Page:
Good communication is a hallmark of trust. If people know they can count on you to communicate well, to articulate thoughts in ways that are understandable to any listener, then people will see you – and the programs you champion – as worth paying attention. And when it comes to dealing with the FDA or the EMA or Health Canada or any other regulatory agency, communications speak volumes about the levels of trust and competence that regulatory authorities should assume about you.
Three tips to elevate your communications when it comes to regulatory compliance and quality systems:
- Equate email with image. Think of email as tiny bits of a virtual company image. At a minimum, use spell check (but don’t rely solely upon it), keep the number of recipients to a minimum, do not flag items as urgent or high priority if they really aren’t, and understand that email is not private. As a colleague once put it in a training session, “Don’t put anything in your email that your mother would be ashamed of reading in tomorrow’s New York Times.”
- Readability of memos and emails. When it comes to memos, use your word processing program to check for the ease of comprehension (e.g., readability). Microsoft Word, for instance, will allow you to check readability levels when you check spelling and grammar. But when it comes to emails, you’ll need to do the work, so some rules to keep in mind: anything more than 3 paragraphs will encourage skimming so be cautious; when you can, number items rather than bullet point them; keep lists to under 5 items; and make sure to read through any email to a regulatory agency or your boss (at minimum) to ensure you’ve not inadvertently left out a word or two (something we’re all guilty of occasionally).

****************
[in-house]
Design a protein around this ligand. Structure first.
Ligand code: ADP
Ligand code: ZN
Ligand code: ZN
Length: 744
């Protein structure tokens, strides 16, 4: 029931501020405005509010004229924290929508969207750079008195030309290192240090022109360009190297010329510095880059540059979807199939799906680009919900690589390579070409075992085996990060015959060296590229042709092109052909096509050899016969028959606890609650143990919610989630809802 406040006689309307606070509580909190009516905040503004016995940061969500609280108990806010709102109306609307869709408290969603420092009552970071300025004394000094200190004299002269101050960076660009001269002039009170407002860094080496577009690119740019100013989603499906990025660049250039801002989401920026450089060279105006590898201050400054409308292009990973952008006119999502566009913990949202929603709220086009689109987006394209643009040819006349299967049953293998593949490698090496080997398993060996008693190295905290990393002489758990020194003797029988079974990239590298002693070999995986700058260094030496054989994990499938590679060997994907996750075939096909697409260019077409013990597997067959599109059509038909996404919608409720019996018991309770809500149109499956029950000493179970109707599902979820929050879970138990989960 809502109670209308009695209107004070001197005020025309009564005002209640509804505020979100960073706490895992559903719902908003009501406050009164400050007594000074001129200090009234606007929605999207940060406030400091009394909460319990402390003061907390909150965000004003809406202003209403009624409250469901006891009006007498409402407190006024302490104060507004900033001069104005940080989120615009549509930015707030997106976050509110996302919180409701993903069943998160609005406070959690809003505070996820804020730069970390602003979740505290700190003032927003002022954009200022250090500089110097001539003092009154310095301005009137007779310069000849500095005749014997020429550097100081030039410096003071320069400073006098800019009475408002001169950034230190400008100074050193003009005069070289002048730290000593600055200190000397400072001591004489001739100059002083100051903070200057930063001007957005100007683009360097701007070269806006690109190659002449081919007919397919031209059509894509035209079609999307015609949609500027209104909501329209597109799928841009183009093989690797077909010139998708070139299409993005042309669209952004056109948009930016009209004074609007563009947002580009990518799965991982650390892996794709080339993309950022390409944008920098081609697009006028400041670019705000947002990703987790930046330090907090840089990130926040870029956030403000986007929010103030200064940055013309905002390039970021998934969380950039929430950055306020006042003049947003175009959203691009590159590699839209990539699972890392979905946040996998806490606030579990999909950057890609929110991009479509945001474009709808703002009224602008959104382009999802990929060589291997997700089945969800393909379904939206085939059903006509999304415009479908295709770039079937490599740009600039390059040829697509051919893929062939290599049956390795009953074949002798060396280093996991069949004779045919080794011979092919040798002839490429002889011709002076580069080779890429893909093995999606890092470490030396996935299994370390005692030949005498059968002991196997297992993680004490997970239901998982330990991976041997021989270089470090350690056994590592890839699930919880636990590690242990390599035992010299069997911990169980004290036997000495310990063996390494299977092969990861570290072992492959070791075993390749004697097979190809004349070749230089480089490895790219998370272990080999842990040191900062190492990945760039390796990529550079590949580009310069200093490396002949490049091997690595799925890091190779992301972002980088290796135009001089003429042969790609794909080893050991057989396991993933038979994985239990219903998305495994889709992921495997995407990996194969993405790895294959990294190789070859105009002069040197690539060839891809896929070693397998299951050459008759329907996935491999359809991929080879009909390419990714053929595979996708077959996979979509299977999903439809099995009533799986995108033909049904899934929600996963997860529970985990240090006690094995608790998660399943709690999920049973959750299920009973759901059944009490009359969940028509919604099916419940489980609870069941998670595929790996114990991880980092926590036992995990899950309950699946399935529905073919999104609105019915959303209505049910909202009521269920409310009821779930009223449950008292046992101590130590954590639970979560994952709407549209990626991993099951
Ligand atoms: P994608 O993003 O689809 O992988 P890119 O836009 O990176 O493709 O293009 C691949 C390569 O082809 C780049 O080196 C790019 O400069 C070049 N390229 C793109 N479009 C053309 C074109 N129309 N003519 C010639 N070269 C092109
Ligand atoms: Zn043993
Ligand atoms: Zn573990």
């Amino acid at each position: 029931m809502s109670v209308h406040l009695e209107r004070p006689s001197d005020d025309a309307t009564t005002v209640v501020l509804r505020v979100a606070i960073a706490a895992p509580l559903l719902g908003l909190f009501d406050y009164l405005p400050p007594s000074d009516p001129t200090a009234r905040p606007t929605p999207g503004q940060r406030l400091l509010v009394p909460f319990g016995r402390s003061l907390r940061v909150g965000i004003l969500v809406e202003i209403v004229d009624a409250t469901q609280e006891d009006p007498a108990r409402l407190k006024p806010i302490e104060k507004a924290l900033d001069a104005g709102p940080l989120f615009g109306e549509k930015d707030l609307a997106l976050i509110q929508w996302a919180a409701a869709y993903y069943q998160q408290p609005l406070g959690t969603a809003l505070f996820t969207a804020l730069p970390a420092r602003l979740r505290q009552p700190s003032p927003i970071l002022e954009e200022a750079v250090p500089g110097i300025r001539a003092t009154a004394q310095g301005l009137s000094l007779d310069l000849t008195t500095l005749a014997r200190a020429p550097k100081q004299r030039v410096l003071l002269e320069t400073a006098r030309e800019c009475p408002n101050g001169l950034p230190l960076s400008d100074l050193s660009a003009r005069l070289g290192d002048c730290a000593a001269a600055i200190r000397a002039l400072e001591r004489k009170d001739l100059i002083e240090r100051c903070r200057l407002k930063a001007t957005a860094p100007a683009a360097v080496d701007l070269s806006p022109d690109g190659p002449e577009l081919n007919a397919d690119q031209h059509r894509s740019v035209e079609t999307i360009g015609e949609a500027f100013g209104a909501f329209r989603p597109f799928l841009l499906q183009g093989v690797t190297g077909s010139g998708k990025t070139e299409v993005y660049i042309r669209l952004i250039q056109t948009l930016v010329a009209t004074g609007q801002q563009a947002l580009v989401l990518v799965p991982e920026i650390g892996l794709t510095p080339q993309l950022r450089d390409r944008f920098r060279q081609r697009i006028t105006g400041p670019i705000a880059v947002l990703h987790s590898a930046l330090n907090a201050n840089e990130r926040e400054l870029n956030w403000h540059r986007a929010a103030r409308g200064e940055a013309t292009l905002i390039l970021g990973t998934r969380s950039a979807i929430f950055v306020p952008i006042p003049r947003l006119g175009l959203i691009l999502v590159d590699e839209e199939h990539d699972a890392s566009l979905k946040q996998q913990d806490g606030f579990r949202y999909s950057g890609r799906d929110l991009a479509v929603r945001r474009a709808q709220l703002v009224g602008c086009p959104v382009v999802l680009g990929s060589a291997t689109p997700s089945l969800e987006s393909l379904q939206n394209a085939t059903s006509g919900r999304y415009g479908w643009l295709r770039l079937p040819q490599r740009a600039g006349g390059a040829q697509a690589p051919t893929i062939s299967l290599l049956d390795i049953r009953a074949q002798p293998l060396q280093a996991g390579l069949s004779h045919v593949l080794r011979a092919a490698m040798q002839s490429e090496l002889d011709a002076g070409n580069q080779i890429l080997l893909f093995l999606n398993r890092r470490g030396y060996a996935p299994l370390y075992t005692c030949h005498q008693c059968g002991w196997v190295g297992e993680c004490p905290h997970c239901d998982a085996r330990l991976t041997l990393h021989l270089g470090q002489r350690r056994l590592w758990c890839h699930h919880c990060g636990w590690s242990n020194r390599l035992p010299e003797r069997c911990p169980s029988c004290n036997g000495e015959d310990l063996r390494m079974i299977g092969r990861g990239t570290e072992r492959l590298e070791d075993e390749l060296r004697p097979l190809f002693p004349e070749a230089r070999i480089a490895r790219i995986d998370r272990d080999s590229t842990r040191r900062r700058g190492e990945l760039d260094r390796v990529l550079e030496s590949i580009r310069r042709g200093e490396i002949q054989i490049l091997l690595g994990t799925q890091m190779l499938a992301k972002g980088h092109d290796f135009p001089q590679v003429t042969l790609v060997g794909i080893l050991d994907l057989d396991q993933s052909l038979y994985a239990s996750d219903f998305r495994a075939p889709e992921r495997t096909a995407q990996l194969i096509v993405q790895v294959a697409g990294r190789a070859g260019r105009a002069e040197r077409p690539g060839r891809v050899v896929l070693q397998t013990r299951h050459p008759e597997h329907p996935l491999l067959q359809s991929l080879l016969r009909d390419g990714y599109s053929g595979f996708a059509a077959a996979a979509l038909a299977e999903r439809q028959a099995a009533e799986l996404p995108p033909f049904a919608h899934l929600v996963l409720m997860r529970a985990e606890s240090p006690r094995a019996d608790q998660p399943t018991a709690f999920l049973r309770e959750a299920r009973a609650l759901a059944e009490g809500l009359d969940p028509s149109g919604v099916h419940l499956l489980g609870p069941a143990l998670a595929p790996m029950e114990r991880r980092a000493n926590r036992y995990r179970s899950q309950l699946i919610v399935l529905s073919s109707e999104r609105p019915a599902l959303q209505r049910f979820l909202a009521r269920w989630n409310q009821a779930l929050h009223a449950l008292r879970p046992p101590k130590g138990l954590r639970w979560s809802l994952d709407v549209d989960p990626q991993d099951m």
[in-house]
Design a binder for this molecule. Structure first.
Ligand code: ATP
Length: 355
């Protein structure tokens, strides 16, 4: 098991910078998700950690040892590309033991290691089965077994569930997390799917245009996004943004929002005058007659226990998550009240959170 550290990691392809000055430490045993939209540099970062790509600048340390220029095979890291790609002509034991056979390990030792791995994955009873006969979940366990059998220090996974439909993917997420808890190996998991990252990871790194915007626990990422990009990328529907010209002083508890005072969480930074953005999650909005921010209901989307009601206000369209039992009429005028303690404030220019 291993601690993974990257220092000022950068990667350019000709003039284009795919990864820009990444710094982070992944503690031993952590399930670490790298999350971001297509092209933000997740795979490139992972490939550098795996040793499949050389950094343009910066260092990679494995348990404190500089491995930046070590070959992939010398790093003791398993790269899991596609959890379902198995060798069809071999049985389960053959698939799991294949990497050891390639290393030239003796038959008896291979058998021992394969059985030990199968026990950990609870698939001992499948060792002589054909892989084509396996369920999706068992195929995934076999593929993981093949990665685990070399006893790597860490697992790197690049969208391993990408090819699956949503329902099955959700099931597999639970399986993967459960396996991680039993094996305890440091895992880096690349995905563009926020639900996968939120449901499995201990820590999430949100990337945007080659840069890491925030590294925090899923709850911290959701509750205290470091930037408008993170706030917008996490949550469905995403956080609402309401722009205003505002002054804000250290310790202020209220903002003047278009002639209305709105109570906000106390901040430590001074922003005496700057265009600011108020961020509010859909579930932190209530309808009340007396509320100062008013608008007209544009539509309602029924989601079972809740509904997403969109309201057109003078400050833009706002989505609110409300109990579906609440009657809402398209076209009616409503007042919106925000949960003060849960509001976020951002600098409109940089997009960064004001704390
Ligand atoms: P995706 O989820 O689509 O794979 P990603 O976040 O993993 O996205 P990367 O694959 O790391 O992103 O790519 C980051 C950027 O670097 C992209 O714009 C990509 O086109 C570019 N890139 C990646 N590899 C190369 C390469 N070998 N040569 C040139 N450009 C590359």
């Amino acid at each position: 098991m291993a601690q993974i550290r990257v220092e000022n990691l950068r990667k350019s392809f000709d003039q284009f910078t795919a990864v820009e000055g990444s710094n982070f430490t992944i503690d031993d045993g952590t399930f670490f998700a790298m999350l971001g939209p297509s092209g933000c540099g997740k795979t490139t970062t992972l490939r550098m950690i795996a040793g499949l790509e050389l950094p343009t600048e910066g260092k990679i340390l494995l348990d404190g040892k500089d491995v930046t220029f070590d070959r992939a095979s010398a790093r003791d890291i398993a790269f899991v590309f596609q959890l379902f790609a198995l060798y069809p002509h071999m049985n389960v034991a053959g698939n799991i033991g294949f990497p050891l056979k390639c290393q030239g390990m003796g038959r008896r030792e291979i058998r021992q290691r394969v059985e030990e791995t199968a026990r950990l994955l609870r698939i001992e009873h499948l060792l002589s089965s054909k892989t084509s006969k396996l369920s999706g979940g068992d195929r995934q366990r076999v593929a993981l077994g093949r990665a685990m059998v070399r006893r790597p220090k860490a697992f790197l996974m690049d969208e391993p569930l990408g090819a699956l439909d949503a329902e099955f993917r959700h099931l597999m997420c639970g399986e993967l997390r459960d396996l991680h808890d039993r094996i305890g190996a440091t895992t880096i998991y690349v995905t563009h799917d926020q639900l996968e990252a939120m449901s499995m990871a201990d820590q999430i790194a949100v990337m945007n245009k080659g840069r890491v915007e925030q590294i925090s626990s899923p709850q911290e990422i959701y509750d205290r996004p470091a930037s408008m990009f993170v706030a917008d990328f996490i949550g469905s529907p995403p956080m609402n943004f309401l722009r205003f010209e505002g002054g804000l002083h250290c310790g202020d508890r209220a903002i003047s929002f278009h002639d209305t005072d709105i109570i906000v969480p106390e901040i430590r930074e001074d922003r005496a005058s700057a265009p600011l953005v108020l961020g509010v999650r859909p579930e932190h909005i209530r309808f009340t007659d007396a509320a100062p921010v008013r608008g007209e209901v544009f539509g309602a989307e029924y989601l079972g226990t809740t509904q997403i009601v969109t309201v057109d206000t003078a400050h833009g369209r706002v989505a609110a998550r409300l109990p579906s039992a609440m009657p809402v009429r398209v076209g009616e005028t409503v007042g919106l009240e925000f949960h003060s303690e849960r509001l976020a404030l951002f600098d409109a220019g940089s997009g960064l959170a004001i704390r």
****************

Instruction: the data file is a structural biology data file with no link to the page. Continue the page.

- Visit in person. Know when to write, call, or visit. If you’re having trouble picking just the right words or phrases to use to avoid misunderstandings, that’s the signal to step away from the computer and go talk to someone in person or on the phone.
The news is full of pharmaceutical and device firms who’ve gotten sued or otherwise involved in litigation, and have been forced to divulge their emails and internal business communications. Don’t join in. Use these tips to help you think twice about recording comments and phrases that might later be taken out of context and used to portray you or your company in a negative, uncaring light.
For more advice you can use on controlling records and handling requests from FDA for records or emails, see my recorded seminar, FDA Quality Systems Records Requirements and Retention for Pharmaceutical, Biotech, and Device Firms – GLPs, GCPs, GMPs, QSRs. You get a 9-page matrix detailing out various retention requirements under each regulation along with loads of tips and advice on how to build in retaining the right records to prove compliance and product safety, efficacy, and quality.
And if you need more advice, feel free to contact me directly.